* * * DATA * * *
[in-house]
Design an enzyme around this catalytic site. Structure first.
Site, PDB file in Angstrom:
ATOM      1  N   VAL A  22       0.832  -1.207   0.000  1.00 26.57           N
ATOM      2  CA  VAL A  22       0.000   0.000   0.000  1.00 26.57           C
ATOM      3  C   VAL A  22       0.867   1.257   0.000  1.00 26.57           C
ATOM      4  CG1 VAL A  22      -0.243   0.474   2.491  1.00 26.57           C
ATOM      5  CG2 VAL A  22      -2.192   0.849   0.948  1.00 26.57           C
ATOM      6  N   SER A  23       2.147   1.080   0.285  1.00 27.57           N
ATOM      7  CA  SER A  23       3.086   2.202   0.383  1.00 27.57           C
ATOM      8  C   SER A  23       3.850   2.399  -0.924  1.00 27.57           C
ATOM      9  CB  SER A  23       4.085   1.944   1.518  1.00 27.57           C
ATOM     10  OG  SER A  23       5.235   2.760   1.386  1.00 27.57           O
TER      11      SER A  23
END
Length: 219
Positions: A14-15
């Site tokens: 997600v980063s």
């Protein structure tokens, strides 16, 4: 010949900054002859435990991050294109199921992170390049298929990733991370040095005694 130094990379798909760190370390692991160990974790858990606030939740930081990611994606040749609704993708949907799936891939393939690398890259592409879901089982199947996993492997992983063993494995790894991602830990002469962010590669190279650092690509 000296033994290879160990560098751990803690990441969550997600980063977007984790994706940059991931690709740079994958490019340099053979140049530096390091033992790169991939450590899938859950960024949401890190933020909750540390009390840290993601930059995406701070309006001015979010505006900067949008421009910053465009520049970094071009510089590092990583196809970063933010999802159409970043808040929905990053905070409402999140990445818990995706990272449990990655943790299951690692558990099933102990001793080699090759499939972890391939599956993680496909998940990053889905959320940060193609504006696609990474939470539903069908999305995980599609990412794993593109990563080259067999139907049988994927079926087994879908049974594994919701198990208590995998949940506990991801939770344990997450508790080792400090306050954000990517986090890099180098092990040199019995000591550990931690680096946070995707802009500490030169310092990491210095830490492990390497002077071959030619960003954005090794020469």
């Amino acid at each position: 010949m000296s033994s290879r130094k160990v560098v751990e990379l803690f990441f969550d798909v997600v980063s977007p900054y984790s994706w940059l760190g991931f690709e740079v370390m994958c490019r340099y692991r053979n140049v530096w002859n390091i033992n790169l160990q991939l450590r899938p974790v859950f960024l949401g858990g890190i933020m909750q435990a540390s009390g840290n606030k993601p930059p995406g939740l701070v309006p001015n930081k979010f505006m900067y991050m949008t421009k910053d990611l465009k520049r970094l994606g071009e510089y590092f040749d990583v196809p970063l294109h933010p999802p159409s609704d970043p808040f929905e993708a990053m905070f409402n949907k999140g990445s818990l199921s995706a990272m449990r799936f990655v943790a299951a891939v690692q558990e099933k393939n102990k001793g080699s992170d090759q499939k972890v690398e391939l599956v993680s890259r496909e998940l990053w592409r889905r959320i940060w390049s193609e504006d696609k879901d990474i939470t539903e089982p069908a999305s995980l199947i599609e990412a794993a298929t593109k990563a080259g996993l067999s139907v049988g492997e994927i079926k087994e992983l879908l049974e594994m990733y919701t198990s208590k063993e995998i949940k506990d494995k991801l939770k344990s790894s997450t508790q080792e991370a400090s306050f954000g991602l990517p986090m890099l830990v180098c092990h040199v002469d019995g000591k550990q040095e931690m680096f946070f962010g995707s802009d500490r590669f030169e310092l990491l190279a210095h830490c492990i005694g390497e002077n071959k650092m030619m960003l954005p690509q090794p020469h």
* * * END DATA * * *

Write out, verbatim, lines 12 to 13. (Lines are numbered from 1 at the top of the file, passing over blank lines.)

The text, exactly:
ATOM      9  CB  SER A  23       4.085   1.944   1.518  1.00 27.57           C
ATOM     10  OG  SER A  23       5.235   2.760   1.386  1.00 27.57           O